Modern life on a “normal day” is filled with social distractions from the buzz of co-workers in large office spaces. We are social beings with a constant impulse to connect – but for a while, the social buzz will be silenced, and we’re having to seek social interaction online.

Online meetings are safe and hygienic replacements for real human interaction. However, it takes focus to bring out the human qualities of communication in the somewhat unidimensional web meeting. But with effort and planning, maintaining your social exchange creates a feeling of security and normality (and is also an effective way to reduce anxiety and stress).

Advice is everywhere on how to run productive online meetings – how to plan agendas, which tools to use for whiteboarding etc. Allow me therefore to only make a few suggestions on how to make online meetings more human, helping to maintain the friendships at work that are so critical to our engagement:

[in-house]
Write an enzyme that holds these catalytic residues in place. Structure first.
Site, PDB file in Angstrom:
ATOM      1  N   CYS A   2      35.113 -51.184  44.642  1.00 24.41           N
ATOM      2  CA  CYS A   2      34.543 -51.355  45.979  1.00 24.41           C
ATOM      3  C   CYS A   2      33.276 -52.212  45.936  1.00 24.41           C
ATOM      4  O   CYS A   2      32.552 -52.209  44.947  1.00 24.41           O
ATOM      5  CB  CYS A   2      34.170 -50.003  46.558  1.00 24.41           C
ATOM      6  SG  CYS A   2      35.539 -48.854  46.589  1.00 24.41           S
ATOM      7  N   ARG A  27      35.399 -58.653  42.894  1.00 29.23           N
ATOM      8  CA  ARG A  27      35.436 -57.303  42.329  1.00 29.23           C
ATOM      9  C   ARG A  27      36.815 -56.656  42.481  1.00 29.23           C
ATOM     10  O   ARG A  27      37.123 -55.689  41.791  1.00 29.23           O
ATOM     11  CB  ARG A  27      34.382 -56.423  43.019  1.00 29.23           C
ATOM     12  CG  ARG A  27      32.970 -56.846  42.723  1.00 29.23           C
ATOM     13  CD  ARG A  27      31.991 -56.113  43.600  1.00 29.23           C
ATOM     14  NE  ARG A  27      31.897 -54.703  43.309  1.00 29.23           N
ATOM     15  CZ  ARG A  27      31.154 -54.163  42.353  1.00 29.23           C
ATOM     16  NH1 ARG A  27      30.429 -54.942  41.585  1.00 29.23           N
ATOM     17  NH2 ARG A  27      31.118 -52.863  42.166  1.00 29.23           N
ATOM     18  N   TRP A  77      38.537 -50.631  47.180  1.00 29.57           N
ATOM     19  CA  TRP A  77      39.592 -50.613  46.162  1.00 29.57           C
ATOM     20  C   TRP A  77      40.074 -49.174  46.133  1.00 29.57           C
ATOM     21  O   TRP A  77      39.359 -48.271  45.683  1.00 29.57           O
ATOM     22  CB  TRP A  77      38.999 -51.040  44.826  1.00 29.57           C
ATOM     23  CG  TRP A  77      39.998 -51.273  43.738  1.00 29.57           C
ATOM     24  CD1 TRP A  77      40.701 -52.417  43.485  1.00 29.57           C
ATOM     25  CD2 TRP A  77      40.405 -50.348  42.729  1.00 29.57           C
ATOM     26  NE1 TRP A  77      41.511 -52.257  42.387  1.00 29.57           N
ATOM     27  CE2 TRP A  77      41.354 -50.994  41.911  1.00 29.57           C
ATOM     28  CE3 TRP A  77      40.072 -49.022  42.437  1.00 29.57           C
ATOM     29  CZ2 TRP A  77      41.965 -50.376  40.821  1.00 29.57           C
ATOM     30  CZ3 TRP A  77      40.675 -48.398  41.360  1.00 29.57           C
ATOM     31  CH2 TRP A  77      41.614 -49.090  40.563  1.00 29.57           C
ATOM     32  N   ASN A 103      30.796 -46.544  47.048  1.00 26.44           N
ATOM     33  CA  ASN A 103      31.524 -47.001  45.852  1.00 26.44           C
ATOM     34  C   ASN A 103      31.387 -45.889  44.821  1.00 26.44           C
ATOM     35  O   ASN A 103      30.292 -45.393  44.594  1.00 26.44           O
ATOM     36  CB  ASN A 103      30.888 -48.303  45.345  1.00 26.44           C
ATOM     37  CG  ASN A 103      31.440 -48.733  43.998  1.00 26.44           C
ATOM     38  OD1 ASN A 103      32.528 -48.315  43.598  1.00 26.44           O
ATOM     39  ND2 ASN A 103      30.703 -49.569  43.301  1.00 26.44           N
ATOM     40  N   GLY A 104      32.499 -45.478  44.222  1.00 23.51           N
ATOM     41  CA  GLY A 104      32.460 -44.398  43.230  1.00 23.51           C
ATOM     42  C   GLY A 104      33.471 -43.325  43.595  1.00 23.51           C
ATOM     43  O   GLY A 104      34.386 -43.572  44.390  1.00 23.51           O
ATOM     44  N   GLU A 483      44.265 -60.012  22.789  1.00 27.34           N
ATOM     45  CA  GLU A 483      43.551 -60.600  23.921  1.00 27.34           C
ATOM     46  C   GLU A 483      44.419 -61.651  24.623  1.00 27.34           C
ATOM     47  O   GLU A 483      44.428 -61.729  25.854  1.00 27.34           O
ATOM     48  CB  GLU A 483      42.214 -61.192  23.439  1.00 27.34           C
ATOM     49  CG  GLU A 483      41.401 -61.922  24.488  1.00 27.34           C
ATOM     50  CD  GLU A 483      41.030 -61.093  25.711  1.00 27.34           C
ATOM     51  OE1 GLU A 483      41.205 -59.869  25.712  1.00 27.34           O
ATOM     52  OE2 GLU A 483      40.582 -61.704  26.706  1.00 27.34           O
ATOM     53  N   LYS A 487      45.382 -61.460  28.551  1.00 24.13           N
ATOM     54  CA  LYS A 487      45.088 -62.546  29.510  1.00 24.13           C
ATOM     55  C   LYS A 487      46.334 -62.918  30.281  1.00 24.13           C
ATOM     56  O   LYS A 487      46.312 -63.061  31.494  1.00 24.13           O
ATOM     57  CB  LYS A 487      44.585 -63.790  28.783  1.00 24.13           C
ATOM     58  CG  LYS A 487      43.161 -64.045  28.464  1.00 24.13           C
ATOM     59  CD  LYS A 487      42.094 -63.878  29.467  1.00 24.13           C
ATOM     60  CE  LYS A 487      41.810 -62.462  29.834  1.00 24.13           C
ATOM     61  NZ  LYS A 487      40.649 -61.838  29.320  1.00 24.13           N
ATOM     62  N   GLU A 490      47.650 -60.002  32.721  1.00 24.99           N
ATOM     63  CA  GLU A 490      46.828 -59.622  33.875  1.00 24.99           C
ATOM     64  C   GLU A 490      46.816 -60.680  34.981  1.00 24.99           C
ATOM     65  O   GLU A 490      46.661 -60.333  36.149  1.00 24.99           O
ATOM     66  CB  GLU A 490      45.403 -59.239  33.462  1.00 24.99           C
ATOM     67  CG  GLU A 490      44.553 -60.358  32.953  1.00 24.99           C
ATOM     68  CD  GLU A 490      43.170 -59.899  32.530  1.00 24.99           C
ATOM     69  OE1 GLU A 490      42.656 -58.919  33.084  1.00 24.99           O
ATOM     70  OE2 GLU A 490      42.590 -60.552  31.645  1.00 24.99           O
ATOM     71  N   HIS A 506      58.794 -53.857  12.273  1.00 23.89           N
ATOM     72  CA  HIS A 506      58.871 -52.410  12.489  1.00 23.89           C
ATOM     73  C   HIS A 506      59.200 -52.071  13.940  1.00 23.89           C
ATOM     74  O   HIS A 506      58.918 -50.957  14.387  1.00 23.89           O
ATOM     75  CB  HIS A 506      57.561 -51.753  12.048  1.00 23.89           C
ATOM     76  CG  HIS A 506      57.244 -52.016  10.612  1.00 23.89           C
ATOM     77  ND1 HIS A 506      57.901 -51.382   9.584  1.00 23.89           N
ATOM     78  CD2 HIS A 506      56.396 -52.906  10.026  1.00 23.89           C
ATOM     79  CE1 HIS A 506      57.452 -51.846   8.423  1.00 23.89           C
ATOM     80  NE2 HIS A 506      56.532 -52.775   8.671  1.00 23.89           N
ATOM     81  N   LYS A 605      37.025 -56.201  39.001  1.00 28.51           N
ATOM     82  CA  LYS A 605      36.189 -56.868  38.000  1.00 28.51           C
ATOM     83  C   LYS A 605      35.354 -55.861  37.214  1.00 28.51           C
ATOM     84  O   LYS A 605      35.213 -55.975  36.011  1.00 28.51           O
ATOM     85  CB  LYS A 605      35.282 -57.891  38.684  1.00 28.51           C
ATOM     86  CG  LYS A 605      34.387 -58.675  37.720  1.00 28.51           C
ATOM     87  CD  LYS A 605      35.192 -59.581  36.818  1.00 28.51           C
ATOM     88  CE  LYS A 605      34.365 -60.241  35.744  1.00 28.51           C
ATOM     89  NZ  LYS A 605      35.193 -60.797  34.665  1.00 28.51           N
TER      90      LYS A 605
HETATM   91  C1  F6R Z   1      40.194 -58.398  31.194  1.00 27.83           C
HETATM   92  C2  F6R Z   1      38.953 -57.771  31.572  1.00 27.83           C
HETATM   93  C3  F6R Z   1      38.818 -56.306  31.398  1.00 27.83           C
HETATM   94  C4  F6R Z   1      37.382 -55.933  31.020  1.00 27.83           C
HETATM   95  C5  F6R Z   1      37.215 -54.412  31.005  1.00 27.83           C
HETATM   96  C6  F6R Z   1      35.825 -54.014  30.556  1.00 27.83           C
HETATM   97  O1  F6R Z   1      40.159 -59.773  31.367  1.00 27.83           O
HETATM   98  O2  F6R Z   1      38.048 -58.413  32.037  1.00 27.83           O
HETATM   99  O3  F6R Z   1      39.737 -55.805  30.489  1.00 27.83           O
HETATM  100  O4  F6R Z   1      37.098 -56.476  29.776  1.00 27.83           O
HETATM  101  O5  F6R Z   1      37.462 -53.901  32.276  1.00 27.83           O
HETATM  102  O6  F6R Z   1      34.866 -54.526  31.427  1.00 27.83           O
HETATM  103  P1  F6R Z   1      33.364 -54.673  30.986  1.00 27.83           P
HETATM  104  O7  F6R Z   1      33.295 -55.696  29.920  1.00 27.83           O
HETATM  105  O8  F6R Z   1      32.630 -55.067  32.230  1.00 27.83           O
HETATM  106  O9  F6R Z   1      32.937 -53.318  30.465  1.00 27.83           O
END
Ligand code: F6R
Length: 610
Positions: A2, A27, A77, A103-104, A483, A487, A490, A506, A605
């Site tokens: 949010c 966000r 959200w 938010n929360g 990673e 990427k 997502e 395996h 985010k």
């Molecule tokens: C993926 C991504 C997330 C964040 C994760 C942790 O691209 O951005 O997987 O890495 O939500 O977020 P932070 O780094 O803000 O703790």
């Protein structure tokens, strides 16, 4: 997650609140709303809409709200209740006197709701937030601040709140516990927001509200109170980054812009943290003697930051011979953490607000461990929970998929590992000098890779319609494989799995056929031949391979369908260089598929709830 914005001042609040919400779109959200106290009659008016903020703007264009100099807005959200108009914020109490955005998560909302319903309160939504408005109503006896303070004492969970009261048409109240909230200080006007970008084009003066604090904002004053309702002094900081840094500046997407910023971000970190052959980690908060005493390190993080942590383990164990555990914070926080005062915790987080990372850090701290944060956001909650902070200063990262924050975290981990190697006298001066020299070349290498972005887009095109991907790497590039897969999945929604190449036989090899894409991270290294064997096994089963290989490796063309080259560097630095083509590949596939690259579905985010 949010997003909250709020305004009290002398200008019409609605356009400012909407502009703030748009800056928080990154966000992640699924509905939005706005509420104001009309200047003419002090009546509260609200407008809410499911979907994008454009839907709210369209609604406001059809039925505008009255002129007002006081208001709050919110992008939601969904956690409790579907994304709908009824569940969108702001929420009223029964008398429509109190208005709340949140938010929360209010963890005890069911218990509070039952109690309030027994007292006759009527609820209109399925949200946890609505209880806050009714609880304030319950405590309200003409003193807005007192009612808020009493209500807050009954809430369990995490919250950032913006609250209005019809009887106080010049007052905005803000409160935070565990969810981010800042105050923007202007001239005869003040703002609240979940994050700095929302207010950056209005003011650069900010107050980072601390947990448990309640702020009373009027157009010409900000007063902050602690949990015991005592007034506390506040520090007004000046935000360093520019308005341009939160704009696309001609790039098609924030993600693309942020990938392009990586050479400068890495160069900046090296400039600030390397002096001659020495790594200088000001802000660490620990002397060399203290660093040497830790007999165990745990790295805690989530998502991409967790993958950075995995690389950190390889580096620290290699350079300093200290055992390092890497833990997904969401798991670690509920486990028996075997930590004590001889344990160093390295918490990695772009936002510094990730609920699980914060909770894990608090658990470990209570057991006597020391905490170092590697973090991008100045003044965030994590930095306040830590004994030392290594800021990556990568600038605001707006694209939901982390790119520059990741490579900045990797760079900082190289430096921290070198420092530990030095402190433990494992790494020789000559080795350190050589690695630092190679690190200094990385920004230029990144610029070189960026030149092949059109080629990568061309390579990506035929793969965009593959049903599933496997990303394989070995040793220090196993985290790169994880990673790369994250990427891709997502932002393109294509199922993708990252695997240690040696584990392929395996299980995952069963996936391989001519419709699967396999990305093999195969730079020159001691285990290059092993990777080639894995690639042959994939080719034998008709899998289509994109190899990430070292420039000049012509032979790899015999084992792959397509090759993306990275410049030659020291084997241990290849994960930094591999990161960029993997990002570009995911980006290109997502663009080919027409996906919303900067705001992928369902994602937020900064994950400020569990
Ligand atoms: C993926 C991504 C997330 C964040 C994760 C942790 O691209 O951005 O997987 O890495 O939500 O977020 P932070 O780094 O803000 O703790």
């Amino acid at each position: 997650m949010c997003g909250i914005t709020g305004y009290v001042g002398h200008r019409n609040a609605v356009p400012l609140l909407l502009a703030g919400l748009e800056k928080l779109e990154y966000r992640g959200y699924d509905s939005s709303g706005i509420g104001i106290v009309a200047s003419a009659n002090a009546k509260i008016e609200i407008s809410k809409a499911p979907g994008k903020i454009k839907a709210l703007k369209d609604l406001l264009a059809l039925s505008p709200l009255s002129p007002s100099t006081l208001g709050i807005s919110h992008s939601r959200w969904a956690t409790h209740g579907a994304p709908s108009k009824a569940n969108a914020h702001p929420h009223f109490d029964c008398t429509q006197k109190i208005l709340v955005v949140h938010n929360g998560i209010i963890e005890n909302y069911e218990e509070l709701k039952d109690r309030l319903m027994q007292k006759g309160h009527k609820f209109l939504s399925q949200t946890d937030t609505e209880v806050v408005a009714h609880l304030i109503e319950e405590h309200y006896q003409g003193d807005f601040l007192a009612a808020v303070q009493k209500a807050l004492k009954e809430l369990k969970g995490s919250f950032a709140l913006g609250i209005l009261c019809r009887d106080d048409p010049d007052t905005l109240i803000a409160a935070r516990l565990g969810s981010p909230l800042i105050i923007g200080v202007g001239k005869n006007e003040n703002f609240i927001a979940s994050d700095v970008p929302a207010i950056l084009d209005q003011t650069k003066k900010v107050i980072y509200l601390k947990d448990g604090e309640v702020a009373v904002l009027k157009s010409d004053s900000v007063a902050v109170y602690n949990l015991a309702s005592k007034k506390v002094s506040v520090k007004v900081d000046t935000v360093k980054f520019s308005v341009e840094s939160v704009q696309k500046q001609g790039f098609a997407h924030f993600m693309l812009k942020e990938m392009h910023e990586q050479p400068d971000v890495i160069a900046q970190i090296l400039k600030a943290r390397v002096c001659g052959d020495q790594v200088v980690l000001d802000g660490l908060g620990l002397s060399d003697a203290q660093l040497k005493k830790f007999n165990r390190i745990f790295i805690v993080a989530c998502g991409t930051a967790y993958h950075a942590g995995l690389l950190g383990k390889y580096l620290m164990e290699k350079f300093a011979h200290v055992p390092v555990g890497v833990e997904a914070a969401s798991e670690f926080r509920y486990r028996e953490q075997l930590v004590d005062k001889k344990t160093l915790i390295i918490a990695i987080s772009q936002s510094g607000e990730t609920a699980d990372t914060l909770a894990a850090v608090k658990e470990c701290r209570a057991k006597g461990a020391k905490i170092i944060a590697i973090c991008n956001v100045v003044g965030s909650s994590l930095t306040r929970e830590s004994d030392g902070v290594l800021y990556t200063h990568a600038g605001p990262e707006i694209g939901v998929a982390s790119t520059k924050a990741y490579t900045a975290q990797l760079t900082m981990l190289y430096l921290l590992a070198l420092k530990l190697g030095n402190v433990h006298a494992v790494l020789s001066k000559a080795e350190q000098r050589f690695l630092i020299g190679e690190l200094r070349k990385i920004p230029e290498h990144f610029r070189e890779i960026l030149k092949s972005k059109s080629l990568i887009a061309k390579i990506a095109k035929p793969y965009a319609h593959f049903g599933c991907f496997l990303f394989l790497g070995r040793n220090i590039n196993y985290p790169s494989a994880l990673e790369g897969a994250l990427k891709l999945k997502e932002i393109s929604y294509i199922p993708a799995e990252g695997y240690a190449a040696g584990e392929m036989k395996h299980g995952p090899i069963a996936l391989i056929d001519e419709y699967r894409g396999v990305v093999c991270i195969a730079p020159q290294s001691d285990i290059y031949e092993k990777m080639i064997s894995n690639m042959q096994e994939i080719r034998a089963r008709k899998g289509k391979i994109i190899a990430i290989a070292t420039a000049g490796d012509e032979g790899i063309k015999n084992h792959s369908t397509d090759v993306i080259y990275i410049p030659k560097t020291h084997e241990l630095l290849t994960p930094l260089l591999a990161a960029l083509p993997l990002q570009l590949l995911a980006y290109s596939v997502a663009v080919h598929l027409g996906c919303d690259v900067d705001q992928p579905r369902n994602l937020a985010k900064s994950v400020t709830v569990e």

• Make it a deliberate priority in your team to have human online meetings, at least for as long as the current isolation is in force.
  • Take turns to do the thoughtful planning of this, eg to formulate a non-work question for all participants to answer at the start of the meeting. Make sure everyone gets time before the meeting to prepare.
  • Turn on the video. This improves the focus from all participants and introduces the option to have a bit of fun. Why not show your co-workers around the house? Compare coffee machines? Introduce family pets?
  • Make sure your voice is clearly associated with your full name, and that both are known to all participants. “Ghosts” in the call will prohibit everyone else from being open. It’s hard to exaggerate the importance of proper introduction in online meetings.
  • For corporate video content, organize Movie Nights (or rather, afternoons) to view them together instead of streaming individually.
  • Finish your agenda 5-8 minutes before the meeting ends, to have time for “watercooler talk”. The kind of informal evaluation that would normally happen in the corridors after a face-to-face meeting. This can be solicited with a question: “Does anyone disagree with the conclusions we just made?”.

Would you consider using any of these ideas? If yes how did it go? As you can imagine I’m isolated and hungry for comments.